Eleven years after Mora Shaw nearly died in a vehicle crash caused by drowsy driving, the 29-year-old Issaquah native says she will never get over it.
The crash occurred on a remote highway in the Cascade Mountains after her friend dozed off at the wheel at 65 mph, slamming the vehicle into a tree. Mora would later learn that her friend had been awake for almost 24 hours before deciding to drive that day.
Mora’s body was pinned inside the front passenger seat of the crumpled car; emergency crews were more than a half hour away. If not for the help of a trauma nurse who happened upon the scene of the wreck, Mora’s family believes she would have died.
“In the accident, my ankle was crushed so bad that I am never able to run again, and I will need more surgery on it throughout my life,” Mora said. “From my hips to my feet, my body is held together with plates and screws. I received a traumatic brain injury and lost over two years of my life at the hospital and in rehab.”
Mora shares her story every November as part of Drowsy Driving Awareness and Prevention Week in Washington, proclaimed this year by Gov. Jay Inslee for Nov. 5–12. The statewide proclamation coincides with National Drowsy Driving Prevention Week, sponsored by the National Sleep Foundation’s Drowsy Driving website.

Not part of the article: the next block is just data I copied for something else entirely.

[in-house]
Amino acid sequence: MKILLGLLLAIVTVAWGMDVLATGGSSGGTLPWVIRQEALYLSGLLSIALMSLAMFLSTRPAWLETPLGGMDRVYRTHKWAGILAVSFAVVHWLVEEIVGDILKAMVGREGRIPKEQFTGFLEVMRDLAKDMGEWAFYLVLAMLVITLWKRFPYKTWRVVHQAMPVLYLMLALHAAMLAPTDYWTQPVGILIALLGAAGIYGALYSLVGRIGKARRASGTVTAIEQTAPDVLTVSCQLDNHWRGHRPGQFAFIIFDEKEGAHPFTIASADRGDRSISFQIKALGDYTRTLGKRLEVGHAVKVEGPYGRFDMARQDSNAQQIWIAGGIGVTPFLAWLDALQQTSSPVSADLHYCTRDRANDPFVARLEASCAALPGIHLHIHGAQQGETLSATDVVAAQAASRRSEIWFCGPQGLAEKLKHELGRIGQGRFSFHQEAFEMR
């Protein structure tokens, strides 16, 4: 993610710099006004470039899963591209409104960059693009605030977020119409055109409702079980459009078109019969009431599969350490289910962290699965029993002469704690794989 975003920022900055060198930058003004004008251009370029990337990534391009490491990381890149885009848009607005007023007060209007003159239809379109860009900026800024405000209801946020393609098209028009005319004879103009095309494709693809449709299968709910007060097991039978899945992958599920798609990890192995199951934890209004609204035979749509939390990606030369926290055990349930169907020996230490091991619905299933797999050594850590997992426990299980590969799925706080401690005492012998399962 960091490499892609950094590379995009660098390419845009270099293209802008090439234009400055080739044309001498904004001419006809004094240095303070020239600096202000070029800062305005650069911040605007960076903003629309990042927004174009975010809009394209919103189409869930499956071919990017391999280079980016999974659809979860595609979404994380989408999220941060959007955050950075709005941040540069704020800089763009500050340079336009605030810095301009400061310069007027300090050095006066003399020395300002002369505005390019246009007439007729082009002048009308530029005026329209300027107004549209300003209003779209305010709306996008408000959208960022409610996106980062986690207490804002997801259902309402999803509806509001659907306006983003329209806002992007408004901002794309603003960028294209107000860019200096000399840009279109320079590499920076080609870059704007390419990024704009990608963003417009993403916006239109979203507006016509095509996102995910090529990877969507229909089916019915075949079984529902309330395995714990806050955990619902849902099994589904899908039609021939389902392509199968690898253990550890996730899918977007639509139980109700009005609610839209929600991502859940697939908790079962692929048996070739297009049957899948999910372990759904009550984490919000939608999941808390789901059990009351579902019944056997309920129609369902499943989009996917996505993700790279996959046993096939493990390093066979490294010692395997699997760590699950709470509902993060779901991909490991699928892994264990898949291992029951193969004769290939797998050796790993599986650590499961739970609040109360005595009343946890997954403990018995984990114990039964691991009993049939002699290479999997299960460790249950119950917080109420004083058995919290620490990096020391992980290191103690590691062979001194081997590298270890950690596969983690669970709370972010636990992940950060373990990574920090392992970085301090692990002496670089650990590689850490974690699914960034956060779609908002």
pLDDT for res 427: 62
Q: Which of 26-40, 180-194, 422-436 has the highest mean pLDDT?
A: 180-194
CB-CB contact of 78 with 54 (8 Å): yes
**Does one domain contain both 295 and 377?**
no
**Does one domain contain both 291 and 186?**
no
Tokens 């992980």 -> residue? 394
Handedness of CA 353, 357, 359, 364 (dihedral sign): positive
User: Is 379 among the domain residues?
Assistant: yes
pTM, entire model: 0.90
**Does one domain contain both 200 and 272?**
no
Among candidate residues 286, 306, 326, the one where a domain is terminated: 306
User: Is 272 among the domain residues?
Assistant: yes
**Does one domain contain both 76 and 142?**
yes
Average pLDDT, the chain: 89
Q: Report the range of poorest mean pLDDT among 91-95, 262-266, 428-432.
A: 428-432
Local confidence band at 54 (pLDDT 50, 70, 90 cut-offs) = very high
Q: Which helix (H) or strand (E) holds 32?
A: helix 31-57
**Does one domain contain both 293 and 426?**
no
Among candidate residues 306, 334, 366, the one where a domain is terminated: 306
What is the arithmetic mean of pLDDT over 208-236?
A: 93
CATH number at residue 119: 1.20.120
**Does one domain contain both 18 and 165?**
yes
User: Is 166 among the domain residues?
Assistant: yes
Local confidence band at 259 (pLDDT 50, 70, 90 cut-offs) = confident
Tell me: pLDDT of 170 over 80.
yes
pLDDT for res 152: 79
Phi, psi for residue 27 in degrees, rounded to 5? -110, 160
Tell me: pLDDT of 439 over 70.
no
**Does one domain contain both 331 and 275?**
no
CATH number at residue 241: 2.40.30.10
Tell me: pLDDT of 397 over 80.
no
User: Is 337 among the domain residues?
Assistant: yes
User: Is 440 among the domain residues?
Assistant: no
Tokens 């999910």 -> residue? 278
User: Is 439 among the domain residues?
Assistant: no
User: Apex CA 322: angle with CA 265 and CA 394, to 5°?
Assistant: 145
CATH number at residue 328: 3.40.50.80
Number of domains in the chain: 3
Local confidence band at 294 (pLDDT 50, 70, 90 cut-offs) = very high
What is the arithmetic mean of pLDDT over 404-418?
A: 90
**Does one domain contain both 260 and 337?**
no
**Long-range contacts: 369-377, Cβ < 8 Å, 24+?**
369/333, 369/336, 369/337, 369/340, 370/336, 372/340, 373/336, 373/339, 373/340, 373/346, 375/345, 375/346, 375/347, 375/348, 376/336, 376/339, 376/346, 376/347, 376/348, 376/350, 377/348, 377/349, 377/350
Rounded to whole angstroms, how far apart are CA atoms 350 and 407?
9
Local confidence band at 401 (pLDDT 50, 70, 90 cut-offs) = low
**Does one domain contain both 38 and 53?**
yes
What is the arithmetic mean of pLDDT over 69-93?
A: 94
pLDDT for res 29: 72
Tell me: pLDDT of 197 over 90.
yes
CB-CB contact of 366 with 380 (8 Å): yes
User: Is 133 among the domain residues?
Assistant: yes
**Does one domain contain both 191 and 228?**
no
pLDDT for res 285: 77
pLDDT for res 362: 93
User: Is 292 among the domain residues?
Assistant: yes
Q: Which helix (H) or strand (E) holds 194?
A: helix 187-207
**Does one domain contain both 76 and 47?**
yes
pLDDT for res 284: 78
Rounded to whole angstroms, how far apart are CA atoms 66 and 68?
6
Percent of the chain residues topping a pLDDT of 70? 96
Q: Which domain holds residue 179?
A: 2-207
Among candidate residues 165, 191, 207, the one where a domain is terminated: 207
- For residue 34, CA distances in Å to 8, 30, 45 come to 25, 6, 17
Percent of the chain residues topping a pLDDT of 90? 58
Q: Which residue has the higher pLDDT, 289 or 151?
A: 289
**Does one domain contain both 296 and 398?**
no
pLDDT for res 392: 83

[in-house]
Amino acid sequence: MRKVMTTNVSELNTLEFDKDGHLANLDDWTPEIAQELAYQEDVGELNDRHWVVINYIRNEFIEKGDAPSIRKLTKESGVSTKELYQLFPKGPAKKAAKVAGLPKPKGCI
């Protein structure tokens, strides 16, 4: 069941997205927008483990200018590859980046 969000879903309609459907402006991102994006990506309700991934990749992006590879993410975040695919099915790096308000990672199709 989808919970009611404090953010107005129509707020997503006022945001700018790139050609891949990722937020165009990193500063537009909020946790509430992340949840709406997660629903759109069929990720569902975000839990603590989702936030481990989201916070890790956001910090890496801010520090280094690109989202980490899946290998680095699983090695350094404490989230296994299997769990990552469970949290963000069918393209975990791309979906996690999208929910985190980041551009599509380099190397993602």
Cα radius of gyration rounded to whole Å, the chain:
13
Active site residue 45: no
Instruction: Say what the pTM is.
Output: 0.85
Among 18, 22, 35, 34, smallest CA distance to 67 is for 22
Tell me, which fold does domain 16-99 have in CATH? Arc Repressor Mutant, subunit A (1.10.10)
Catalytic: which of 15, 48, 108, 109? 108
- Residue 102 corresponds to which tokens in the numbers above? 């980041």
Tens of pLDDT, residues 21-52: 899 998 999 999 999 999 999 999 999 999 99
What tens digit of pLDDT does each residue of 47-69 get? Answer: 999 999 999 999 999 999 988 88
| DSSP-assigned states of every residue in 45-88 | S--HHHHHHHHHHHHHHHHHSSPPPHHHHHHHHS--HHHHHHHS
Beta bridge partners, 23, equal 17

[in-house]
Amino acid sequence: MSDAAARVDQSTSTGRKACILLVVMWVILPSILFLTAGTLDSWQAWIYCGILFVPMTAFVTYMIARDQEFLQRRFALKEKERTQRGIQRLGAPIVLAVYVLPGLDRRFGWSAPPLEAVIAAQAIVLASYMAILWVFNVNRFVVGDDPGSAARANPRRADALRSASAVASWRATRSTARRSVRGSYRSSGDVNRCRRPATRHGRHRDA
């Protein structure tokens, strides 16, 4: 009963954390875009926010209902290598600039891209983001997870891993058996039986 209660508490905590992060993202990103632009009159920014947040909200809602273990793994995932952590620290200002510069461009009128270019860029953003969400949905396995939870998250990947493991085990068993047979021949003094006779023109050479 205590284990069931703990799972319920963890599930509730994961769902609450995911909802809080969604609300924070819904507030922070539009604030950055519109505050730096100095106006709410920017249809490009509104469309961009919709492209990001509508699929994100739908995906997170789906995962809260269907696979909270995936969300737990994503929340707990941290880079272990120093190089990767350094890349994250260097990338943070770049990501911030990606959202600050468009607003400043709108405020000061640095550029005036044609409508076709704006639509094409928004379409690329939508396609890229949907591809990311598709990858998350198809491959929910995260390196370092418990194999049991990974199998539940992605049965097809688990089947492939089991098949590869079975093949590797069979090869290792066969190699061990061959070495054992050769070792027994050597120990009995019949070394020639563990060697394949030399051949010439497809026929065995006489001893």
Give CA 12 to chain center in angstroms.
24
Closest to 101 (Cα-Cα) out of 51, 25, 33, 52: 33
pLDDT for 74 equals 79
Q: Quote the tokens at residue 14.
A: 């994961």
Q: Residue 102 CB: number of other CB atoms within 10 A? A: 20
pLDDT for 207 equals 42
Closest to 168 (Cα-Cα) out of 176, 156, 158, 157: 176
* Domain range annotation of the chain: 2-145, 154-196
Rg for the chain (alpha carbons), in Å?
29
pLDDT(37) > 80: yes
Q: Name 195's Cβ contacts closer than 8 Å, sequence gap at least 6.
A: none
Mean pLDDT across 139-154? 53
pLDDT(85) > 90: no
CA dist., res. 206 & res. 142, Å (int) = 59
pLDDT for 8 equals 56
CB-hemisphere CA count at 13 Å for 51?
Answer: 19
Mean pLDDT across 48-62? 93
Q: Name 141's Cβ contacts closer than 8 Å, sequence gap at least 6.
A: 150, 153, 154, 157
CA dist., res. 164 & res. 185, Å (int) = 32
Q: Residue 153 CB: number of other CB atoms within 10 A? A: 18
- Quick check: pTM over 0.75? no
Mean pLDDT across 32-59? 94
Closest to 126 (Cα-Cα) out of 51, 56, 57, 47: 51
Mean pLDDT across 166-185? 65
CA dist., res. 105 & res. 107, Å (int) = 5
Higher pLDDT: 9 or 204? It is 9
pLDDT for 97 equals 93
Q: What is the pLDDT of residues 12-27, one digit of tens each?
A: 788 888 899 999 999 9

Being continuously awake for 18 to 24 hours, or longer, makes someone unfit to drive. Driving during hours normally spent sleeping also increases the risk of drowsy driving.
“My damaged body, brain and spirit will never get over it,” Mora said. “Every single day, my aches and pains remind me of that driver’s poor decision to drive a car when she had not slept for almost 24 hours.”
There is a simple solution, she added. “It can so easily be avoided with proper sleep and mindfulness when getting behind the wheel of the car.”
Read the rest of the story on the governor's Medium page.